Markus Schreiber, Associated Press
In this 2007 picture the Holocaust memorial in Berlin is photographed.

SALT LAKE CITY — When Leslie Kelen recalls the stories his parents told him of their experience prior to fleeing Budapest, Hungary during the Second World War, he speaks with reverence, sorrow and conviction.

His father, along with scores of other Jewish men, was forced into slave labor at the frontlines of military combat zones during violent battles resulting in the deaths of thousands of people at the hands of Nazi Germany.

“They used them in minefields and areas where they would be vulnerable to being killed,” he said. “And most of them were killed.”

Elsewhere, some 400,000 Hungarian Jews were loaded onto cattle cars and taken to Auschwitz concentration camp where most perished.

His father was among the fortunate few who lived through dangerous indentured servitude and eventually was able to escape. Kelen’s mother somehow also managed to survive persecution, meeting his father and getting married along the way before moving to the U.S. in 1959.

Kelen conveyed his story Sunday to an audience of about 100 people at Congregation Kol Ami — a Jewish synagogue in Salt Lake City’s East Millcreek community. The temple held a panel discussion on the Holocaust as part an interfaith event series aimed at educating people of all religious backgrounds about issues of faith.

Kelen was among five people who relayed their stories of their respective parents’ Holocaust survival experiences. He said keeping the stories alive could help remind others of the importance of recognizing and addressing wickedness before it’s forgotten, and repeated.

“As a community, we have a difficult time struggling with the nature of evil (and) what human beings are capable of doing to each other,” Kelen said. “It’s psychologically difficult to comprehend and morally difficult to face.”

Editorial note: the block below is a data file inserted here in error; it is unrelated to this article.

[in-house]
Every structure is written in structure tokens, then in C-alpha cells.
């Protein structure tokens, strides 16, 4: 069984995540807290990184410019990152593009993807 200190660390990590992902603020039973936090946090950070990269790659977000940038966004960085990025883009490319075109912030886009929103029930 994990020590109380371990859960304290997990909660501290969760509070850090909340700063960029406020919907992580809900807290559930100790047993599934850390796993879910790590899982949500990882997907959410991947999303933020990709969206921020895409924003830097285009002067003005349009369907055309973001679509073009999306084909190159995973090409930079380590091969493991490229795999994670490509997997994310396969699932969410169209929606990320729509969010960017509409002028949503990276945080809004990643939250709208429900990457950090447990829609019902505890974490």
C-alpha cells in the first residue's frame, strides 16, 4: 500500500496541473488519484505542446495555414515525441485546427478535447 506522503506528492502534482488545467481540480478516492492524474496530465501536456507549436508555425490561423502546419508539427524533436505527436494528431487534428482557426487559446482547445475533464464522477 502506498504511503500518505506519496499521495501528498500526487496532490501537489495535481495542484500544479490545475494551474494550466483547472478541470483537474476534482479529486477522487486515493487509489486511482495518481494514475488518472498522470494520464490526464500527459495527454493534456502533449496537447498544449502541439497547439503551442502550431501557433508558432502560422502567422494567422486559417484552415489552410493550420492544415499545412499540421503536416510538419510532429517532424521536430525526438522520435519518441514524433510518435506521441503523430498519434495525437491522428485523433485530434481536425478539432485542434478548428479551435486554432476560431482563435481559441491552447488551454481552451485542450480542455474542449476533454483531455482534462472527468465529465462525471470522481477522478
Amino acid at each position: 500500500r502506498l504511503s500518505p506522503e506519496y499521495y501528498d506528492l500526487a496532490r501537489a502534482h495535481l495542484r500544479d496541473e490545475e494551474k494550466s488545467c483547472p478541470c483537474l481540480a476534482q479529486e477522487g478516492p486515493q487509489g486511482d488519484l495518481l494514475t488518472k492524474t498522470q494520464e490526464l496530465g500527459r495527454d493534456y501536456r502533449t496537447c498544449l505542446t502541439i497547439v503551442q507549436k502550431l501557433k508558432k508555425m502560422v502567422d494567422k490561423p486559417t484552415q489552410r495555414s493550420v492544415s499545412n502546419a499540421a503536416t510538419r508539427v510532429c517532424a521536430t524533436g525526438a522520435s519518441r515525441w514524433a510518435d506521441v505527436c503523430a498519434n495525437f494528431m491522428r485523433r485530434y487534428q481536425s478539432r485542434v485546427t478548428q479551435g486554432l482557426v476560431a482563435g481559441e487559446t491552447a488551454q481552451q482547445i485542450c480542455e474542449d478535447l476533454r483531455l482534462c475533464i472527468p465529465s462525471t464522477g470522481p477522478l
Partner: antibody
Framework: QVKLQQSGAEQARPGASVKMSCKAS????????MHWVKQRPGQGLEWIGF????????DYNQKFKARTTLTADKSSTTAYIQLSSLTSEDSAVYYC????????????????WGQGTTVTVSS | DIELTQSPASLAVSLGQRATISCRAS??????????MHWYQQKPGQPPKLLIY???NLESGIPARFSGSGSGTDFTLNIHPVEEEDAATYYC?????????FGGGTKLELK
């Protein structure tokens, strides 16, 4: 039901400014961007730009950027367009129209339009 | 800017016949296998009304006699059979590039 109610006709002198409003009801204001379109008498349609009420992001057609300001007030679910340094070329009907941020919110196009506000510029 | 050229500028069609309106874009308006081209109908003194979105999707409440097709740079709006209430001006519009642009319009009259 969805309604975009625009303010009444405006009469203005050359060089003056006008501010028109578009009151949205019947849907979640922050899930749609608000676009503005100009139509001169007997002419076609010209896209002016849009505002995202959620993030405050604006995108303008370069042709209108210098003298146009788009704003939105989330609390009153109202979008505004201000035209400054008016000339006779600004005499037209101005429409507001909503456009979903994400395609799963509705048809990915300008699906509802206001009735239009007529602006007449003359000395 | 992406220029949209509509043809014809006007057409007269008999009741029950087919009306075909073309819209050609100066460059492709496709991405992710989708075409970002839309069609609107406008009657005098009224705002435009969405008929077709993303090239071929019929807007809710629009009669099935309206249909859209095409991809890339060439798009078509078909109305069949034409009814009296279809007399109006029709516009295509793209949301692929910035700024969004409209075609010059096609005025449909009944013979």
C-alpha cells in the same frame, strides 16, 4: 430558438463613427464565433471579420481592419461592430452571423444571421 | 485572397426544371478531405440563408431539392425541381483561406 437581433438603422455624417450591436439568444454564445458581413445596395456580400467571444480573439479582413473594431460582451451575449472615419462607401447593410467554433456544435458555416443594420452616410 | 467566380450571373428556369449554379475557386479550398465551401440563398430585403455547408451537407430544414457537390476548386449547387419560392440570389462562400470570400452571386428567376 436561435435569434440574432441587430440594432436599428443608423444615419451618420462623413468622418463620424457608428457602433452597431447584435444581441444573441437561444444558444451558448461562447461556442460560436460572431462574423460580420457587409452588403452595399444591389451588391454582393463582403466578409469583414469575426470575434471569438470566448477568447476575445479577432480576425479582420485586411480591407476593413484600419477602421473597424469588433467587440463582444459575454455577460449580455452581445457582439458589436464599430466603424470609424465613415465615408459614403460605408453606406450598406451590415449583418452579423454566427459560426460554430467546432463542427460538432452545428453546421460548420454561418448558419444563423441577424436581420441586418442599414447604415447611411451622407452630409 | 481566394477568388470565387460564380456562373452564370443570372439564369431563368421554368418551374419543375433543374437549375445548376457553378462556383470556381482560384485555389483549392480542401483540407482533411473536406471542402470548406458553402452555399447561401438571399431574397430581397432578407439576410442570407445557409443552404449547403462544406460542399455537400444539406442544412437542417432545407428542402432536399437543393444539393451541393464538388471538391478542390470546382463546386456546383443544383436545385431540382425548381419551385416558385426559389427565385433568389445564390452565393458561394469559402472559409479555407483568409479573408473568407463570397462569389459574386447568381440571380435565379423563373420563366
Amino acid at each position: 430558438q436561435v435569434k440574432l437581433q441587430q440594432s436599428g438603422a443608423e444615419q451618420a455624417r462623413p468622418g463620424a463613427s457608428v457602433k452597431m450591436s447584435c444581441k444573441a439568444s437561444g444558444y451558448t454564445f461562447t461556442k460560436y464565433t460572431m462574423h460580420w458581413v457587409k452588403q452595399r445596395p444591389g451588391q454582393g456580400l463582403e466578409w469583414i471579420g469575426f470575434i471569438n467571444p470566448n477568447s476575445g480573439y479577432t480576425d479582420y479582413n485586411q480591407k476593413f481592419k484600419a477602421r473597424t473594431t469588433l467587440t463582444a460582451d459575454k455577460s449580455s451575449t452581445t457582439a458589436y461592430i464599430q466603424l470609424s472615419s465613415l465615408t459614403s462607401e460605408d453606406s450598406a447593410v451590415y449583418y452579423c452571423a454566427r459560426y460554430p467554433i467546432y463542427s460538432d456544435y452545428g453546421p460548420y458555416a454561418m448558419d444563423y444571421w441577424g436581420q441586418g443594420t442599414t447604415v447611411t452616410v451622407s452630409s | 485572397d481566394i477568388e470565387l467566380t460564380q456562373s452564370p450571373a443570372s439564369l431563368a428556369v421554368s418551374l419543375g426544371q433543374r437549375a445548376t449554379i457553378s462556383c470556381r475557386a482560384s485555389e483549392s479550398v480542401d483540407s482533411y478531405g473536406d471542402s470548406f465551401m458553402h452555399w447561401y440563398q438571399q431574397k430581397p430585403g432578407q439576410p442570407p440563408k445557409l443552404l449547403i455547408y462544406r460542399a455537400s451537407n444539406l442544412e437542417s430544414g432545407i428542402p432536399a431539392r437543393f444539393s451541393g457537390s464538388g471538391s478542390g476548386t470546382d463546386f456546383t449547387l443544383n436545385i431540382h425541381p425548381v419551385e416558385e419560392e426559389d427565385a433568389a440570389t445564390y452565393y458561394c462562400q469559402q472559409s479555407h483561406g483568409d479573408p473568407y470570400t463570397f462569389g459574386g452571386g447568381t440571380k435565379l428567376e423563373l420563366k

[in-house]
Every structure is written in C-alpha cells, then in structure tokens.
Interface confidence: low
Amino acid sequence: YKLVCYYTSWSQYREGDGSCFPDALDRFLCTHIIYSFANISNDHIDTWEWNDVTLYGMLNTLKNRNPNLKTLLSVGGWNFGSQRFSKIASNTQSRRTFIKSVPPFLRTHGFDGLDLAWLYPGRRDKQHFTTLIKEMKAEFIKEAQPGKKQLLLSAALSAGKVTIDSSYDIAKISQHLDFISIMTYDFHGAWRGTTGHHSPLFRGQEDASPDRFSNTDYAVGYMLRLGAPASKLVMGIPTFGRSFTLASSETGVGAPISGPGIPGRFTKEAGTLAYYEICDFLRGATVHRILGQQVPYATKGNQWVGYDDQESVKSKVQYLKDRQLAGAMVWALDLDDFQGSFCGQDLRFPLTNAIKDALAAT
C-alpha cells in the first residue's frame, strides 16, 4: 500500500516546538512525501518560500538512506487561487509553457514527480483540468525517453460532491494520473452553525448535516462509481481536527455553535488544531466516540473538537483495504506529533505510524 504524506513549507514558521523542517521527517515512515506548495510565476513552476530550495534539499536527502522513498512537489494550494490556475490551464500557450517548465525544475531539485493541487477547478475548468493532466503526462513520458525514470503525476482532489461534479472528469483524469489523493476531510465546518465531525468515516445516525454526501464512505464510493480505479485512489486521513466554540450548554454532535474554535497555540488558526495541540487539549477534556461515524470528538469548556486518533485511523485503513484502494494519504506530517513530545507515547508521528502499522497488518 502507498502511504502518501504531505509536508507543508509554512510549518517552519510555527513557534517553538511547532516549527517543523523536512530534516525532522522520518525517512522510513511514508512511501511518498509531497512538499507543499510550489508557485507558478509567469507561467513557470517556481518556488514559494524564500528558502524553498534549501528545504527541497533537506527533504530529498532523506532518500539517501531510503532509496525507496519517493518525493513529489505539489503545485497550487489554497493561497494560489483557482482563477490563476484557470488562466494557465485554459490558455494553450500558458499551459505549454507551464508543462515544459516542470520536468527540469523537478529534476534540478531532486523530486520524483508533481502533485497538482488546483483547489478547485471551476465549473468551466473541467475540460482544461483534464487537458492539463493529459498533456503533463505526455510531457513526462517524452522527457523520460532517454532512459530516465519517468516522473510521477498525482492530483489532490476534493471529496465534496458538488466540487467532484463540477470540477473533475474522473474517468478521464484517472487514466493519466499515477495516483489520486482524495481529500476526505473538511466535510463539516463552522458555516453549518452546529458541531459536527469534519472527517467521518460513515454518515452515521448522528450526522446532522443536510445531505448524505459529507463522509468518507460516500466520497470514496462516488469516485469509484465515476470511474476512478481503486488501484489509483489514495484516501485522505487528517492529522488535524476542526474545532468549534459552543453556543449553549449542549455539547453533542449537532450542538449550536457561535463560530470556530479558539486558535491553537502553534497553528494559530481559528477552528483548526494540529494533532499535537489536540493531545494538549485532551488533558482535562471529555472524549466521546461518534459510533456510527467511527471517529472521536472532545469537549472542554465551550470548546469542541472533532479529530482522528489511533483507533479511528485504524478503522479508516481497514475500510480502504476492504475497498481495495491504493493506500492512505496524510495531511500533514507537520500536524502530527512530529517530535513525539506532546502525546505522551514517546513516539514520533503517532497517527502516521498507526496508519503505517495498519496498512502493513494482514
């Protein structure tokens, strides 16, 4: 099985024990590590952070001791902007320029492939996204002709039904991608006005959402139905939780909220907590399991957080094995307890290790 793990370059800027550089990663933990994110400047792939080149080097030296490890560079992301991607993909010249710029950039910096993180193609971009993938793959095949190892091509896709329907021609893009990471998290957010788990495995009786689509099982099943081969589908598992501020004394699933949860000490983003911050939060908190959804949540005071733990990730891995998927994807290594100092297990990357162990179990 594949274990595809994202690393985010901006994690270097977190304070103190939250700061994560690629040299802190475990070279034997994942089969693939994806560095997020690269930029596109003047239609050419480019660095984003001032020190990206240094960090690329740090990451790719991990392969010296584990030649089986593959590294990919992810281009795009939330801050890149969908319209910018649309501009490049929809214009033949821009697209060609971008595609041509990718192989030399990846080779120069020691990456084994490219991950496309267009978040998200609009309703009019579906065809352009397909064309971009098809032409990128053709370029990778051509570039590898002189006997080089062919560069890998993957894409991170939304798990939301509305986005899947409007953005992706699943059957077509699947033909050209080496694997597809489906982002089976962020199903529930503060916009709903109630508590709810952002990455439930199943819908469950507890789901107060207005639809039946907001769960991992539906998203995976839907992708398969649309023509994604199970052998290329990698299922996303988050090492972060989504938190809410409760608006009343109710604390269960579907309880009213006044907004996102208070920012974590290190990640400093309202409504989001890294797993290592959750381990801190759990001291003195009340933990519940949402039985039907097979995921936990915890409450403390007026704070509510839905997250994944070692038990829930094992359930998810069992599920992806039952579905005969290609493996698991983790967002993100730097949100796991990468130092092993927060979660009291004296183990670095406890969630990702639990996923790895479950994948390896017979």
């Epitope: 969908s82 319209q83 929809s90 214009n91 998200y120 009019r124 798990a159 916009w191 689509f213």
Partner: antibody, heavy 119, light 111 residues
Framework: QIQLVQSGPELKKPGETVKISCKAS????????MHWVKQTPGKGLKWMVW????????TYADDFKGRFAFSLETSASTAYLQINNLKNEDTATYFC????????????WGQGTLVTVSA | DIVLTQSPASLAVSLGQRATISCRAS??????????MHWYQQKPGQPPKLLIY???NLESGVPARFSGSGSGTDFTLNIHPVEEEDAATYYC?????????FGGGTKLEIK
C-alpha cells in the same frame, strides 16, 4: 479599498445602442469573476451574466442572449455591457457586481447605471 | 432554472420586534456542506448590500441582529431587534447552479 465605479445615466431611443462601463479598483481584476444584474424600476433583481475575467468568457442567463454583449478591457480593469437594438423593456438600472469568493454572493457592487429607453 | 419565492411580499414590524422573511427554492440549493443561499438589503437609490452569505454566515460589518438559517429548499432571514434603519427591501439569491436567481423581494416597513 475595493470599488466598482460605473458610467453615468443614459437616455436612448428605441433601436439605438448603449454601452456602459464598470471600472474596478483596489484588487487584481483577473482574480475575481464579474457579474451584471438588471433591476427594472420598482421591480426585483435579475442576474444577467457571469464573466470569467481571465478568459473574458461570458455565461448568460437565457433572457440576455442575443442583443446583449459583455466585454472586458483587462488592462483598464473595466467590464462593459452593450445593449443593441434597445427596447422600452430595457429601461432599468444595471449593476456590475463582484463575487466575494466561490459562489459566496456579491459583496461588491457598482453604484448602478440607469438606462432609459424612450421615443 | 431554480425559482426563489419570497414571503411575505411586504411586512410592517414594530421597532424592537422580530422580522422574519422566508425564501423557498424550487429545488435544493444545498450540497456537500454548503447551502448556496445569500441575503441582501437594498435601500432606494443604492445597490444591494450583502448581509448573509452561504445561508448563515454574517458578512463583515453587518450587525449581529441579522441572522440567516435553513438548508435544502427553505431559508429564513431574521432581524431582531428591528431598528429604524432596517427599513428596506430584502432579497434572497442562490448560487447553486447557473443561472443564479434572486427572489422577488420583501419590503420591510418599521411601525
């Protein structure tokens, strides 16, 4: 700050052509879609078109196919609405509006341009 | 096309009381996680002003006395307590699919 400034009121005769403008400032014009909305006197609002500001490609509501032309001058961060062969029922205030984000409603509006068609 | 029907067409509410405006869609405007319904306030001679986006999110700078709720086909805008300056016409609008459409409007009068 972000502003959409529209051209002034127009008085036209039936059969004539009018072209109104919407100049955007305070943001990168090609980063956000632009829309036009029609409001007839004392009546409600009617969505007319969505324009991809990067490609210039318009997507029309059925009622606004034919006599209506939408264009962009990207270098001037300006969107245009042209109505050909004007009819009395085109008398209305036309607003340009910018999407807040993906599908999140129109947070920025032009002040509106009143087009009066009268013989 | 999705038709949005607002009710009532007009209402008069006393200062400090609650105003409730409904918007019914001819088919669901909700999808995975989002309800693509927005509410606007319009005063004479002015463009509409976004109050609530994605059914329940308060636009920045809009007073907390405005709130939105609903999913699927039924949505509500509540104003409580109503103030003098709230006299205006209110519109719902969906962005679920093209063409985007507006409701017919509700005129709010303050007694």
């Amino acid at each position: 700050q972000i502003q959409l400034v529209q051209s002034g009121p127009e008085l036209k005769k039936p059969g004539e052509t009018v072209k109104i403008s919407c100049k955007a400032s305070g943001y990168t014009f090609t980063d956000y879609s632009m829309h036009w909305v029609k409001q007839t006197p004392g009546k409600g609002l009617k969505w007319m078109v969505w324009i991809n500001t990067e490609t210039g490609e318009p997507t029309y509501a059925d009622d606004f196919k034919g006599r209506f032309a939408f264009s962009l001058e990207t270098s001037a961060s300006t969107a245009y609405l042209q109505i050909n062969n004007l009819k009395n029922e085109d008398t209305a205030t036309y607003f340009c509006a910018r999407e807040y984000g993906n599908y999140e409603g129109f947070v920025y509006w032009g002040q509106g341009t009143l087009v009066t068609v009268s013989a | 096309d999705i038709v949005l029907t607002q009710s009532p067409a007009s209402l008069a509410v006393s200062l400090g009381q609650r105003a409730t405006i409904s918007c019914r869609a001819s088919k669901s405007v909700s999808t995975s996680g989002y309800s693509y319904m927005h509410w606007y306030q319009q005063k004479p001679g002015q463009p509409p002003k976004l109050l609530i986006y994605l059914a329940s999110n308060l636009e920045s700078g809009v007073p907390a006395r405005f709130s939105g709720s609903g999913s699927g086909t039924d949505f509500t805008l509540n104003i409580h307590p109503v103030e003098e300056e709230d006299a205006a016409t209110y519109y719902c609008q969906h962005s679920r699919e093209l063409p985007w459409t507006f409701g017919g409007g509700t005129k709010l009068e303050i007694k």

He noted that such events have profoundly influenced the lives of thousands of people who have settled in America. He said understanding the impact of one of the world’s great travesties can offer wisdom for the generations that follow.

“It’s pain that teaches us,” Kelen said. “Through pain we learn what it is to be empathetic, and what it is that other people go through. If you don’t face the pain and admit it into your life, you’re almost incapable of trying to see the world from somebody else’s perspective.”

Holocaust, also known as Shoah (which means catastrophe in Hebrew) refers to the mass genocide perpetrated by German leader Adolph Hitler’s Nazi regime during World War II. Six million Jews were killed, including many who were placed in concentration camps across Europe.

Audience member Vivian Dowsett said listening to adult children recount the struggles of their parents’ survival struck a nerve that she hopes can lead to better appreciation of their “historical and cultural pain.”

“This forum created a connection that all of us share,” she said. “What is our moral and social obligation when we see systematic annihilations because of the color of (one's) skin, religious beliefs or whatever?”

She said raising awareness of such atrocities with each new generation could help encourage empathy, compassion and responsiveness.

Event organizer Betty Yanowitz said the goal was to remind the community of the significance of history because “those who fail to learn history are doomed to repeat it."

“This isn’t hypothetical. We are repeating it in Africa and many other places,” she said.

Educating people about the principle of the Hebrew phrase Tikkun Olam — “repairing the world ” — is another step toward preventing the mistakes of the past.

“That is our obligation as Jews,” Yankowitz said.

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